Selling your business: Do’s and Don’ts


Most companies walk a well-trodden path through the business life cycle, from start up, to maturity, and finally exit. Whilst it certainly isn’t the case for every organisation, a majority think about an exit when the business reaches solid profitability and maximum value, the owners or managers of the business reach a point where they think they have worked for long enough and have taken the business as far as they can and want to see the rewards of their labour. Or it could be a case that the owners or managers are bored or tired of what they do and want to realise the value of what they have achieved and do something else, or maybe do nothing at all except enjoy retirement.CHECK OUT OUR RECENT TRANSACTIONS

Let’s assume that
in the perfect world every company is profitable and in a good place and the reason for exit is based on success not failure. This is not always the case, but if a company is thinking of selling, it is usually because the owners or management believe there is something worth selling and there is value to be realised. If we continue with the premise of a successful business that somebody will want to buy, it is now time to start thinking of the checklist that will need to be worked through to ensure the best possible sale. Let’s also assume that no business owner wants to look back with 100% hindsight and say, if only we had done this, that or the other, we would have realised more money for the business. Let’s also assume that there won’t be an unexpected call from an Arab prince or an eccentric billionaire desperate to buy the business for a ludicrous multiple, for no apparent reason.

To achieve the very best result when selling a business, there are a series of steps
that should be followed
and a list of do’s and don’ts that every business should be aware of, before they embark on, and during, the sales process. Selling a business is like growing a business and running a business, the better prepared and thorough an organisation is in its operations and financial management, the more successful it will be.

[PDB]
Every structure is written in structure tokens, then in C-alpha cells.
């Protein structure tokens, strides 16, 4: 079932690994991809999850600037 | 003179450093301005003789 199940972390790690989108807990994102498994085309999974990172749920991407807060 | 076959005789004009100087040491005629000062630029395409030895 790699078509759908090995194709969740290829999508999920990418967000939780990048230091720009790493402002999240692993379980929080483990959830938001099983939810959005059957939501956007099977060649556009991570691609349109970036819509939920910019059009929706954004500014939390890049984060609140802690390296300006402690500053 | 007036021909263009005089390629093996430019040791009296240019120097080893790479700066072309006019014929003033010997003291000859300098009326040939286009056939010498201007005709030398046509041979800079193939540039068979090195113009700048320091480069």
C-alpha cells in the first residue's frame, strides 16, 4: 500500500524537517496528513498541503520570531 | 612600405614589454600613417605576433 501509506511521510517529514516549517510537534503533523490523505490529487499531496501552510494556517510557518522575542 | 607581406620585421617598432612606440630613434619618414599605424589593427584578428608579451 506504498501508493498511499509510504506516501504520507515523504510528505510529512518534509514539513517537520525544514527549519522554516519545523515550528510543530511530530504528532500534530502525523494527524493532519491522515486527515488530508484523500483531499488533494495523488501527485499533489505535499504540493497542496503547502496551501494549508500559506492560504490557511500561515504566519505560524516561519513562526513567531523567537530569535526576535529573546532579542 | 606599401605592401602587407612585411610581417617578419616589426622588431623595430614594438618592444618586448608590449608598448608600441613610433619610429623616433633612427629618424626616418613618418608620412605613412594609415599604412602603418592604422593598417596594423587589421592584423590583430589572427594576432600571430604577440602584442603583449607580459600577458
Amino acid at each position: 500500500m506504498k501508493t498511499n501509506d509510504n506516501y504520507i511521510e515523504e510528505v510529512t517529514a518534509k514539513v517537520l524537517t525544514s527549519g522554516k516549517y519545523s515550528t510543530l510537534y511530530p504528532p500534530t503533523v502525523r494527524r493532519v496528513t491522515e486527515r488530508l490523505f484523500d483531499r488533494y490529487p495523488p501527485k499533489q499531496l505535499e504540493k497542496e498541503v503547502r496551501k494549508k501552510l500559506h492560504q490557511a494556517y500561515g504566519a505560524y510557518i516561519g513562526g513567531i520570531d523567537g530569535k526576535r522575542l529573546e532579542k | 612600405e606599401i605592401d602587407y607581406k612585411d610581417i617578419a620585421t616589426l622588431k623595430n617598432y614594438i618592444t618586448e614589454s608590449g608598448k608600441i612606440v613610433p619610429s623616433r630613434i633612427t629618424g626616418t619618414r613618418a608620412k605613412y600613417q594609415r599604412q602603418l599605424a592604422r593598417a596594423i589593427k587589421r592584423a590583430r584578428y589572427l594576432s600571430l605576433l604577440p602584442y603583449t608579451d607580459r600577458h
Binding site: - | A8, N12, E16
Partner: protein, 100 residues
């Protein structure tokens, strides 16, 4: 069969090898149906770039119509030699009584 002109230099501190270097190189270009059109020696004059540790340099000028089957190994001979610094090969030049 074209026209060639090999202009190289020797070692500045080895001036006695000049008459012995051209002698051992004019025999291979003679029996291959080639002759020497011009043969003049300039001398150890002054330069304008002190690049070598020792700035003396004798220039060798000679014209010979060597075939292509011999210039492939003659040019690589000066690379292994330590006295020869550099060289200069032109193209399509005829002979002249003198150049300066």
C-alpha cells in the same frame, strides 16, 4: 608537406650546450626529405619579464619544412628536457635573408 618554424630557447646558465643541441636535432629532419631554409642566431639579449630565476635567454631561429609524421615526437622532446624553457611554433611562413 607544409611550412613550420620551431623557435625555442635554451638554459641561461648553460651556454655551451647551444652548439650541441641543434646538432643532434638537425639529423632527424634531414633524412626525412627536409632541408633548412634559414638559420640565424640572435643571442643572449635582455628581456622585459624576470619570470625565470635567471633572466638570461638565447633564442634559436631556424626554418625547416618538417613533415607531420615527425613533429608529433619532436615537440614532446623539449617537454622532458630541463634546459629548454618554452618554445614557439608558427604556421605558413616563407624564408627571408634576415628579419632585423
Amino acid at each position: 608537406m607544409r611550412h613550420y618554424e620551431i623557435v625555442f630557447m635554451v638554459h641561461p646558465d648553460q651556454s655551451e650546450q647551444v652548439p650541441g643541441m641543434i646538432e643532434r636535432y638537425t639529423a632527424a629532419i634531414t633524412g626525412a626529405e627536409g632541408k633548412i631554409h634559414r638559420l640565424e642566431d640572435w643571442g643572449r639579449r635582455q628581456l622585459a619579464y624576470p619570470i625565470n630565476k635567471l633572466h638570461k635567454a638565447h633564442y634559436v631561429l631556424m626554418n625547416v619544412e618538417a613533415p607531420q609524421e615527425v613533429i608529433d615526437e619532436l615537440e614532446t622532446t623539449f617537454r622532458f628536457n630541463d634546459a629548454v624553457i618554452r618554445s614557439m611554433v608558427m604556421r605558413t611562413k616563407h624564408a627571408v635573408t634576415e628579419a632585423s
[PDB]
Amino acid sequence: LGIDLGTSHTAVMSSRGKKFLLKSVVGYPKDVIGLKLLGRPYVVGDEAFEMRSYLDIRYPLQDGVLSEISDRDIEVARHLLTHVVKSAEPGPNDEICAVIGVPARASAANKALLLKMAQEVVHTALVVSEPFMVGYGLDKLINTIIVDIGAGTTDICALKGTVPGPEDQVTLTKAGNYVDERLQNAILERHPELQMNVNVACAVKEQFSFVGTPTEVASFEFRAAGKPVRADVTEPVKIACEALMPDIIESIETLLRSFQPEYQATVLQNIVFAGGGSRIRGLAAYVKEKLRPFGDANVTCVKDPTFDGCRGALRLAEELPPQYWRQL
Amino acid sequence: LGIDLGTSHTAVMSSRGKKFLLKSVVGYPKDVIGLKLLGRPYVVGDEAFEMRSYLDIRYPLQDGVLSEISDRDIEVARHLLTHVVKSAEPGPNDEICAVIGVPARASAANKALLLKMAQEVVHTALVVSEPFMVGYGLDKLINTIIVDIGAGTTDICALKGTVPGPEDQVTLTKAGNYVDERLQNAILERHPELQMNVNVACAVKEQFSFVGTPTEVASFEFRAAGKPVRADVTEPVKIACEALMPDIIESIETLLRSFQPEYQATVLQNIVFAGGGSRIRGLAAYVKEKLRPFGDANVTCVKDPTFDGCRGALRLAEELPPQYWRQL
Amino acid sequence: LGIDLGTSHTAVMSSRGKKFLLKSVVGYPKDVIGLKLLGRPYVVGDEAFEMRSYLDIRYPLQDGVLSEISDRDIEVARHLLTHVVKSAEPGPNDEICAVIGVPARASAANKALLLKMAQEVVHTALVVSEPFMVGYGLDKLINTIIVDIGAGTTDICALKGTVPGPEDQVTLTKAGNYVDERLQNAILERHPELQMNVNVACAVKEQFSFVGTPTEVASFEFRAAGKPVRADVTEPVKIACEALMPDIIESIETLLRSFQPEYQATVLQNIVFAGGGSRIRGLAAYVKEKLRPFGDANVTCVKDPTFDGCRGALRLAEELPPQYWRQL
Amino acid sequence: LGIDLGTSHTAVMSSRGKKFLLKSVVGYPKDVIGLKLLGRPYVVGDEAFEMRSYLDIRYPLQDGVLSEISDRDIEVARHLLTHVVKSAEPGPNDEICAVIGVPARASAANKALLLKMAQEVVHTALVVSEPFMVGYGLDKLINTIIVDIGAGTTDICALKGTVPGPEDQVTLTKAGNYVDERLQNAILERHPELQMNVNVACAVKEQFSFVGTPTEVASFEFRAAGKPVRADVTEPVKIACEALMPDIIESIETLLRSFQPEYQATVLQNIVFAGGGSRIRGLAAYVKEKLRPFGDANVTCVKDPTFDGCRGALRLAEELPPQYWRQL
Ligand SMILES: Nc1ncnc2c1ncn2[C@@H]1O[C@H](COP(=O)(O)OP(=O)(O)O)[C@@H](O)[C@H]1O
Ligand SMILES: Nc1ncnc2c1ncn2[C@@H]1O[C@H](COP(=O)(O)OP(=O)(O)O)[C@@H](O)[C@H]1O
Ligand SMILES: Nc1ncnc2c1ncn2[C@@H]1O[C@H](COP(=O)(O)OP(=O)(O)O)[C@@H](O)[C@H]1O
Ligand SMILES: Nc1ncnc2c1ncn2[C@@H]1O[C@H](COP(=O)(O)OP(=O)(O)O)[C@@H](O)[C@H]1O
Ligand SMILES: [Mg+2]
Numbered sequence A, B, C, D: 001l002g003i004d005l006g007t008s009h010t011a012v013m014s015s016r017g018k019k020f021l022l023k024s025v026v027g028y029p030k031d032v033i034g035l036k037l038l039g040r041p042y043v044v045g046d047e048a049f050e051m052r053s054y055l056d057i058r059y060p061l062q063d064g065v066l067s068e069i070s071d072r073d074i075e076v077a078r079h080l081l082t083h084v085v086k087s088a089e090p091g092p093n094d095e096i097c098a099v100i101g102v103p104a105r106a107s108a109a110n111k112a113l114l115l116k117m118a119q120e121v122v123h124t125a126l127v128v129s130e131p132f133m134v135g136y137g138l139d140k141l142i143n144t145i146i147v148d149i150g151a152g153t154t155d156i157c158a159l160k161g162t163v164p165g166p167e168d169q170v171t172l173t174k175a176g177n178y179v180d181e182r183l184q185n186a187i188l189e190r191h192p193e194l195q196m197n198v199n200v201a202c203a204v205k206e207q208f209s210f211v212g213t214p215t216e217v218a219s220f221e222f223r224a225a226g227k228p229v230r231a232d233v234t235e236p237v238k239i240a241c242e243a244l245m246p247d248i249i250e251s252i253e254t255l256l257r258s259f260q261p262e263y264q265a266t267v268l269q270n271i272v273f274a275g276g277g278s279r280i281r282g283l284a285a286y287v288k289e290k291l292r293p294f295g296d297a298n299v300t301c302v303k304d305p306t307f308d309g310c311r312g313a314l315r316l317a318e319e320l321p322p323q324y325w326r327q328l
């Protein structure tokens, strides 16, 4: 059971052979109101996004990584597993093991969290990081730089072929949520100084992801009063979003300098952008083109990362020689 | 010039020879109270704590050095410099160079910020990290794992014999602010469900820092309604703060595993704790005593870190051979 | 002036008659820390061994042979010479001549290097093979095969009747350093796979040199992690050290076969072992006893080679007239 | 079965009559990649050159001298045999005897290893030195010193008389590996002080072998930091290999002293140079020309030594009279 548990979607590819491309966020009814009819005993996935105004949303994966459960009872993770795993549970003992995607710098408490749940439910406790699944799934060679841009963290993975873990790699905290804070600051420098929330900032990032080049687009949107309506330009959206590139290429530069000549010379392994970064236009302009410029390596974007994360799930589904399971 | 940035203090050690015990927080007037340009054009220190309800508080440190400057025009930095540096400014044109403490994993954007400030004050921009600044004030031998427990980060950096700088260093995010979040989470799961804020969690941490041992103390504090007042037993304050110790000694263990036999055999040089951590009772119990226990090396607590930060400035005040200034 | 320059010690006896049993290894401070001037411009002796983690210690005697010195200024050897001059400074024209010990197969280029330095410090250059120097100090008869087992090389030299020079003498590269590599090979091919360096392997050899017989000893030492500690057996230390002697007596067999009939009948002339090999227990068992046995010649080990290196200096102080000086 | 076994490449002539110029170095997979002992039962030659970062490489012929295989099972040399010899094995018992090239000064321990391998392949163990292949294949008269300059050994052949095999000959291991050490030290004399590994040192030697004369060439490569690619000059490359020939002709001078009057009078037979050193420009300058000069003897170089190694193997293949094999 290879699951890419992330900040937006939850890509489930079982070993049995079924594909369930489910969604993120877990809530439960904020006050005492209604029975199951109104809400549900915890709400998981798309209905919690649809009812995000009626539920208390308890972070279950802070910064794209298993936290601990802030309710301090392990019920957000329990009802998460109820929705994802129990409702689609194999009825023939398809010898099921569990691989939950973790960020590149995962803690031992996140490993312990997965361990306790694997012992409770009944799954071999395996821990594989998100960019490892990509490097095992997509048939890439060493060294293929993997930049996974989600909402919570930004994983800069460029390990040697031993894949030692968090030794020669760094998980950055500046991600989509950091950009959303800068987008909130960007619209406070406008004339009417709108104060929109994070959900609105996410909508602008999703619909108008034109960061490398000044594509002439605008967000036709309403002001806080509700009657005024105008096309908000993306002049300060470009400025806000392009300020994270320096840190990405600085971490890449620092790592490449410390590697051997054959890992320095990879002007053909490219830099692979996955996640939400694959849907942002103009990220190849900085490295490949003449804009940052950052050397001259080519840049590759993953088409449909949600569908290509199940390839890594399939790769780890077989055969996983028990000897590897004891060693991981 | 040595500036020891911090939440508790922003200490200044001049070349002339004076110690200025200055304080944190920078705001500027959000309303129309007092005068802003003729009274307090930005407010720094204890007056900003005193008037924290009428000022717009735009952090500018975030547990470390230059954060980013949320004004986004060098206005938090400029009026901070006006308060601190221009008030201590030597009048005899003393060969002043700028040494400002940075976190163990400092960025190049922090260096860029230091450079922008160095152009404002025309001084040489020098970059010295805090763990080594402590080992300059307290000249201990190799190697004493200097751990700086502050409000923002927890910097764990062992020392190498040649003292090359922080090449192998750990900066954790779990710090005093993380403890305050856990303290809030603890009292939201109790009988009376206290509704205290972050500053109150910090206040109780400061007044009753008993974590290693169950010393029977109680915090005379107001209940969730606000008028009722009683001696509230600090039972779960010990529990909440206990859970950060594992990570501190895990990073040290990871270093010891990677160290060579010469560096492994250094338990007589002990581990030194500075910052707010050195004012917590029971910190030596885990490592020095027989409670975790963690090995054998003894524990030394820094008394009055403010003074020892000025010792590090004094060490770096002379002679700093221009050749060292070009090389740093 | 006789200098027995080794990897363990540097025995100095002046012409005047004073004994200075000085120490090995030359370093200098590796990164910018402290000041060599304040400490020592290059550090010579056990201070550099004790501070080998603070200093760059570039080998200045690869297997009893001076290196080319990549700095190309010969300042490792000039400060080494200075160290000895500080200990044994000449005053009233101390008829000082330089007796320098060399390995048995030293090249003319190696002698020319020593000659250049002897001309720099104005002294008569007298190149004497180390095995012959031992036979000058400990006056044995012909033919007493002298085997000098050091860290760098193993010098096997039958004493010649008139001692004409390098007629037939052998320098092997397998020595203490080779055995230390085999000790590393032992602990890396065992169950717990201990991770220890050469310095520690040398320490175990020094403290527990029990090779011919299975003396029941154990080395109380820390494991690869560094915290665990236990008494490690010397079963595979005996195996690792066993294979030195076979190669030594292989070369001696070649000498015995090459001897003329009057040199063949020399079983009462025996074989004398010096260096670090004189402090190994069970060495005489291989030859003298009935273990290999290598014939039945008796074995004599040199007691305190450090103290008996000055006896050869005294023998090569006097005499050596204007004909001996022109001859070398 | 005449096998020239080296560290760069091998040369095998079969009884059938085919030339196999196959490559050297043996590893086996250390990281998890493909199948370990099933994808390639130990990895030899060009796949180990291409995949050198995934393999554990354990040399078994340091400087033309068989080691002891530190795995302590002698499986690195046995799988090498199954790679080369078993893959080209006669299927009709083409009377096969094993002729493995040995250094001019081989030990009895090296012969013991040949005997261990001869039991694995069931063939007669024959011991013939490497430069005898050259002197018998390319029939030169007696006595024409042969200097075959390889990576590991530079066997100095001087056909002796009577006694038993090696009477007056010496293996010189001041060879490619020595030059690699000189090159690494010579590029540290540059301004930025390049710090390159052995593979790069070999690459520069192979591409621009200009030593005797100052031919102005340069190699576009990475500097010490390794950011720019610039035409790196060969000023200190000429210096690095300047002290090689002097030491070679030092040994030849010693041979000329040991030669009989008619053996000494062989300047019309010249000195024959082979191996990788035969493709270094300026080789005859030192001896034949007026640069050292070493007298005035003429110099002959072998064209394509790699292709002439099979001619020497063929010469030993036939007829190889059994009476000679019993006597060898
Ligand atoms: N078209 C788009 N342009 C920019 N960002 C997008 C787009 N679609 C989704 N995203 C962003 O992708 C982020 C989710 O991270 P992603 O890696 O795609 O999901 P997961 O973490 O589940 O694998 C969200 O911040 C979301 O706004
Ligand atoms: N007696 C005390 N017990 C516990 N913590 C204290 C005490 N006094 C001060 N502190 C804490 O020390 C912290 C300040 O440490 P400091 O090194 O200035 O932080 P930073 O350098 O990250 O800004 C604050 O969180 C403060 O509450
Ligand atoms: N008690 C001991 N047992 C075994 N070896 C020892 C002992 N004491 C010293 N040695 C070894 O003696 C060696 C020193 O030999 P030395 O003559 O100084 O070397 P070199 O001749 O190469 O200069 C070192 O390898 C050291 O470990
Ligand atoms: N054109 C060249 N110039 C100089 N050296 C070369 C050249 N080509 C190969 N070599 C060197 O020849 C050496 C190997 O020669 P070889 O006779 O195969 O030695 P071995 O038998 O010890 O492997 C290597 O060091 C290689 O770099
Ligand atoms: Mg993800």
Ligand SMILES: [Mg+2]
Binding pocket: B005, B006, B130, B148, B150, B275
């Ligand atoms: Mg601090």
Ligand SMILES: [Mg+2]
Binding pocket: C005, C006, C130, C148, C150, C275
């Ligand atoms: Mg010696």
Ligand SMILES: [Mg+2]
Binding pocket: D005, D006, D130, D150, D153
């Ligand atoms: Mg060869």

The first three golden rules of selling a business are:

  1. Make sure you are ready to sell,
  2. Decide on how you are going to sell; and
  3. Make sure you have the right people (professionals) around you to make sure the sales process is smooth and successful.

Related: Planning a Merger or Acquisition? Here are our top tips...

Being ready to sell

Being ready to sell isn’t just about the business being in a good position to sell, it is also whether the owners or management are in the right head space to sell the business. It is not only about the money in this situation, it is also about what the future might hold for the business seller.

It is easy to assume retirement will be great at any age, but after spending years building a successful business, having nothing to do for many years, can have a very negative impact on individuals. Also, others may sell for a reasonable amount and then need to launch and build another business to fund retirement, whereas they may have been better sticking with what they have.

There are no right answers, and nobody knows what anybody’s future will hold, but it does need careful consideration to make the best decision based on the facts available, and of course, it isn’t just about the money, as what looks like a large amount today, might not look so much, if the person lives to 105 years old!